Friday, 22 February 2008

Longwood St Helena: First Impressions

When I am no longer here, the English travellers will sketch this garden, made by Napoleon. Nobody will wish to leave without seeing it. - Napoleon

I have nothing new or interesting to communicate to the Imperial Ministry. Bonaparte's affairs are always the same. He leads a tranquil life, seems to enjoy good health, and is extremely busy with his garden. He is having big trees placed, and flowers planted, which he waters himself, in full view of every one. This morning the orderly officer wrote to Plantation House as follows:

I saw General Bonaparte this morning. He was amusing himself in one of his private flower gardens. His morning dress at present consists of a white gown, and straw hat with a very wide brim. In the afternoon he appears out in a cocked hat, green coat, and white breeches and stockings. He walks a good part of the afternoon in Longwood garden, accompanied by either Counts Montholon or Bertrand, and often pays a visit to the Bertrands in the evenings. Yesterday afternoon he walked around in the new garden and buildings.
- Count Balmain, Russian Commissioner, January 20, 1820

So to Longwood.

A sharp, almost un-negotiable right turn when you leave the Briars, through some more pastoral countryside around Hutts Gate, and on, through Longwood Gate, to the unshaded, windswept plain which was the site of Napoleon's home from December 1815 until his death on May 5th 1821.

A community has now developed around Longwood House. There is a shop and filling station, and a children's play park. To the rear of Longwood House is St. Helena's only golf course.

We arrive early. Today we are going to look at the outside of the house and the gardens only.

Let us look now at some old pictures. This print shows Longwood when it was used as a farm building after Napoleon's death, before it was transferred to the French Government.
The barn in the foreground was not there in Napoleon's time, and it is there no more.

What I had not fully appreciated is that Longwood is not really one house. The plan in Kauffmann's book had confused me. There are in fact two linked houses around a small courtyard.

Napoleon and his servants lived in the single storey house to the left and behind the barn. The two storey building to the right housed the Montholons and, for a time, O'Meara.(1) Until recently it was the home of successive French curators. At the time of our visit the First Secretary to the St. Helena Government was living there.

The mid-nineteenth century print, done after the restoration of the house in the reign of Napoleon III makes this clearer, although the second house looks as if it is single storey.

In the years after the above print was made, the termites took their toll. At the time the British Royal family visited in 1947 the French Government was considering demolishing it and replacing it with a memorial.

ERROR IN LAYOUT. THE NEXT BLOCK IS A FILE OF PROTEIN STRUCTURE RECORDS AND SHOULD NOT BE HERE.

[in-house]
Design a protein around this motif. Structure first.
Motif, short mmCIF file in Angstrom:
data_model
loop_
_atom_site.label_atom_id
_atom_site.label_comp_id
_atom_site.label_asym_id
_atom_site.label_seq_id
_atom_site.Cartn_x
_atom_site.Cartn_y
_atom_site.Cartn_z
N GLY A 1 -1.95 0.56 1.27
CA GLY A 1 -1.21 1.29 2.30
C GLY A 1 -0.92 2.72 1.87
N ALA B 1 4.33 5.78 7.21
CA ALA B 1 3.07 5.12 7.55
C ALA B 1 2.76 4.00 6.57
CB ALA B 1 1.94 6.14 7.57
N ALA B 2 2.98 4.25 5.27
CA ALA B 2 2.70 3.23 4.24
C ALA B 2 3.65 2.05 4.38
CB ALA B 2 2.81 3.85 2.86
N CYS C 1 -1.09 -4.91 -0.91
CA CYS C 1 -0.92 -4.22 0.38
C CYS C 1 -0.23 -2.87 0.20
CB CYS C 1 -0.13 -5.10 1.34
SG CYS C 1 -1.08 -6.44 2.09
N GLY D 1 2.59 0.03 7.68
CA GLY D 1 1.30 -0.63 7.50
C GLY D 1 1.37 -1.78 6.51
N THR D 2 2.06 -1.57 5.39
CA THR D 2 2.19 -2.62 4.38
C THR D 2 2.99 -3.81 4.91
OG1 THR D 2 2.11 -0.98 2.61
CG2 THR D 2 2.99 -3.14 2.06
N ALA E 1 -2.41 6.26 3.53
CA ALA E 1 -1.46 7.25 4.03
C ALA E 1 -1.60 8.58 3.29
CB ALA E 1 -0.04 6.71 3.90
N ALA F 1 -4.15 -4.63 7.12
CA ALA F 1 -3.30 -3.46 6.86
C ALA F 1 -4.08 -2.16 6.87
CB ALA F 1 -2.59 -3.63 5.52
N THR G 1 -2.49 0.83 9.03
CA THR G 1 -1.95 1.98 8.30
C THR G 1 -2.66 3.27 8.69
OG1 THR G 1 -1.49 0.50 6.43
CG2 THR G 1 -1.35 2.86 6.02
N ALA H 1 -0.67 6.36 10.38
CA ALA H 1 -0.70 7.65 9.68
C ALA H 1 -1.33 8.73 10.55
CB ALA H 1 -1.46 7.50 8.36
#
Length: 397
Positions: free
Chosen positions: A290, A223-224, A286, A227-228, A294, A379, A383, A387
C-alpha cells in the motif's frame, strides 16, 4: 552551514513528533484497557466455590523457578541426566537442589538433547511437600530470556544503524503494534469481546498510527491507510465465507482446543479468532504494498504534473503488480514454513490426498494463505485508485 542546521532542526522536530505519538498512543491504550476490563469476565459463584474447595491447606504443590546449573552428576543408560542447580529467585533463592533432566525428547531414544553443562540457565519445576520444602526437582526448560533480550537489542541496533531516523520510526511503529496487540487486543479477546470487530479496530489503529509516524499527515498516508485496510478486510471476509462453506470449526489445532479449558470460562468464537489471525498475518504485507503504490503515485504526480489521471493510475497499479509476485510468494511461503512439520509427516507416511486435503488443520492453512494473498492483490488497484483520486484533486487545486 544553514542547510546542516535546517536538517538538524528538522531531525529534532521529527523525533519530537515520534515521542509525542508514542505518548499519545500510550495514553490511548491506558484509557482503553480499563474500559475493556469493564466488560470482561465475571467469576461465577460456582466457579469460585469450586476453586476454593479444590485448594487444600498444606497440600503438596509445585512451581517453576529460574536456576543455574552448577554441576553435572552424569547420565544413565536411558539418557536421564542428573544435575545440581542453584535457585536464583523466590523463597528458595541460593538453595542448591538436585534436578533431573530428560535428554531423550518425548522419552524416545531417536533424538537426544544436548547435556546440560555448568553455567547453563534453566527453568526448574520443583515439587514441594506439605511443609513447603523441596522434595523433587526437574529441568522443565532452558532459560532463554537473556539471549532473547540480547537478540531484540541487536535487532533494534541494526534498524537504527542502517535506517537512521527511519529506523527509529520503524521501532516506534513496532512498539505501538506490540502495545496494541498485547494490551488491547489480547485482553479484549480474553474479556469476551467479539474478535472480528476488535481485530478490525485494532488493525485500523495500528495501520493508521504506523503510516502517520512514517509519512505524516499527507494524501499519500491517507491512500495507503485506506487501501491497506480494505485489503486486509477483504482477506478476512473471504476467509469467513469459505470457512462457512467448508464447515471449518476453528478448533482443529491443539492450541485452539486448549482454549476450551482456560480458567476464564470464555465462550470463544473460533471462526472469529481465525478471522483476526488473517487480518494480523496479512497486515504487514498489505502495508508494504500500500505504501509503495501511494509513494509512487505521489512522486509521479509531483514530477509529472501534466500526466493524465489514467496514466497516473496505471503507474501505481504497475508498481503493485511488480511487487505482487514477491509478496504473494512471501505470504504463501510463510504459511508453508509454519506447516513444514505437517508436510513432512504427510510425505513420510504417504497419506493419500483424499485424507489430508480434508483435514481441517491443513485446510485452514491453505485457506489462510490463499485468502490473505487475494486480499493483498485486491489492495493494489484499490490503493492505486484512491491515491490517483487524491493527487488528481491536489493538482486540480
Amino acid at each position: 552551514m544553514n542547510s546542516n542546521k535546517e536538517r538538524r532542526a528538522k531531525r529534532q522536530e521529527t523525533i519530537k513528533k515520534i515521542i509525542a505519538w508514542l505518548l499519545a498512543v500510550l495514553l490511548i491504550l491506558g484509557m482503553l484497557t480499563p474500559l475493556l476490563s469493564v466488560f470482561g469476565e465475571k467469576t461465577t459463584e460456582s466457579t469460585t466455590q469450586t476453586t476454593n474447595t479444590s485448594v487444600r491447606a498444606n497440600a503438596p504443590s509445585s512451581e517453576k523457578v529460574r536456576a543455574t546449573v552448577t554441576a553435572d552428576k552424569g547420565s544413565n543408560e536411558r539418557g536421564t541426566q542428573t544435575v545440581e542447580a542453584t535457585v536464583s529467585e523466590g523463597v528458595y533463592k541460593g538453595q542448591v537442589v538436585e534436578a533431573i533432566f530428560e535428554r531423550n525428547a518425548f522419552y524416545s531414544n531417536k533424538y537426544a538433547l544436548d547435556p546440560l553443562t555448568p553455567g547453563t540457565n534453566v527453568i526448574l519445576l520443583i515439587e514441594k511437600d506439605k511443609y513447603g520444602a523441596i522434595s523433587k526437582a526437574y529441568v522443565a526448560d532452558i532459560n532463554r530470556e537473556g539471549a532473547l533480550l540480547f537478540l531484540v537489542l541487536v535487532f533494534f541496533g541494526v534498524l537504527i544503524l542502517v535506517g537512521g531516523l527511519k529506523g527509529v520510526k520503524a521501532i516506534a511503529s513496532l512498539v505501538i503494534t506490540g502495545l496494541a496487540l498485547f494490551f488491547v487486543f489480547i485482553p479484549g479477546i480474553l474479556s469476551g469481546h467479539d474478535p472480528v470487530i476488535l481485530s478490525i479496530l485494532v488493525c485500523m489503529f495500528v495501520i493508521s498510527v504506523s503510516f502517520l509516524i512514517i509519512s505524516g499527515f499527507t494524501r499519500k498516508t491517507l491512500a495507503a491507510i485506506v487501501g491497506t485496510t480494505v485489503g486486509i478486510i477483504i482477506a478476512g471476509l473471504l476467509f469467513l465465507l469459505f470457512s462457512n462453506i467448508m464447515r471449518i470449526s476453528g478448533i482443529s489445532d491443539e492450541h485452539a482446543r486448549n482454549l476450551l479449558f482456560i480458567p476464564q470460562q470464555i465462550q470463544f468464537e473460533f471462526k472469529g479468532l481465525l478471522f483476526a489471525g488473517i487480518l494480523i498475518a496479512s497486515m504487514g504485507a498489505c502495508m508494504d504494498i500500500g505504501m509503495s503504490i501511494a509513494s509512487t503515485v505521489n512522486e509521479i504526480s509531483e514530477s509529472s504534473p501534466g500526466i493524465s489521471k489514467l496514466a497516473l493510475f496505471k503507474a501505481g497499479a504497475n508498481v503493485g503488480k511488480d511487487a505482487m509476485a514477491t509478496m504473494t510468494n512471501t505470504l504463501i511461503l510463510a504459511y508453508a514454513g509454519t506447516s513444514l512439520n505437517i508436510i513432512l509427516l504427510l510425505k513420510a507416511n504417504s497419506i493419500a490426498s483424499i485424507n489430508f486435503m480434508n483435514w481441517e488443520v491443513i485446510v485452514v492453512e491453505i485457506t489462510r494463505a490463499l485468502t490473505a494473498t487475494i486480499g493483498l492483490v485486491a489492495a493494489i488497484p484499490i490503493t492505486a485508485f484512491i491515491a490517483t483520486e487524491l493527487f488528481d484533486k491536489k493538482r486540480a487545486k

Happily it was decided to save it. It was carefully rebuilt using materials that would resist the termites. Of the original fabric, the stone steps alone remain.

Although I tend to imagine Longwood in sepia; which somehow better fits the mood of the place, I expected to see it looking like the pictures below. This must have been something like its appearance when the present curator arrived on the island some twenty years ago, and began the process of recreating the gardens.

Carefully sticking to the historical records, Michel has both restored and transformed the setting. I knew about this, but was still unprepared for its beauty.

I asked my wife for her reactions. "Very peaceful" was her comment. It is tempting to believe that in the short period in 1819-1820 when Napoleon was creating these gardens, and before his final illness started to take its toll, that he found a peace that had probably eluded him for most of his life.

All is perfectly tranquil and in good order at St. Helena. Bonaparte takes considerable exercise in his garden. His complexion is fresh and healthy, his air pleasant; in other words, quite another man. Count Montholon and Mme. Bertrand assure me that he is still having some trouble with his chronic disease, hepatitis, and often takes mercury, but that, thanks to the assiduous care of M. Antommarchi, it is no longer dangerous. - Count Balmain, April 18, 1820

Before we left we met a young man who has been tending these gardens for a decade. He told us that he loves his job.

The sun was shining when we were there. He said it had been raining earlier. He was philosophical about the constant changes in the weather for which Longwood is well known: it makes the plants grow better, he said.

He showed us the gum tree to the left, bent by the prevailing wind, one of the few remains from Napoleon's time.

(1) O'Meara (1786-1836) was an Irish doctor in the British Navy whom Napoleon met on the Bellerophon after he surrendered. When Napoleon's own doctor refused to go to St. Helena he agreed to accompany him. Unlike the French entourage he was given freedom of movement; in return he was expected to report back to Hudson Lowe on the goings on at Longwood. He finally fell out with Hudson Lowe and was expelled from the island in 1818. He later published an account of Napoleon's captivity which dealt a blow to Lowe's reputation from which he never recovered. In his will he asked for the following to be inscribed on his gravestone:
I take this opportunity of declaring that with the exception of some unintentional and trifling errors in the Voice from St. Helena, the book is a faithful narrative of the treatment inflicted upon that great man Napoleon by Sir Hudson Lowe and his subordinates, and that I have even suppressed some facts which although true might have been considered to be exaggerated and not credited.

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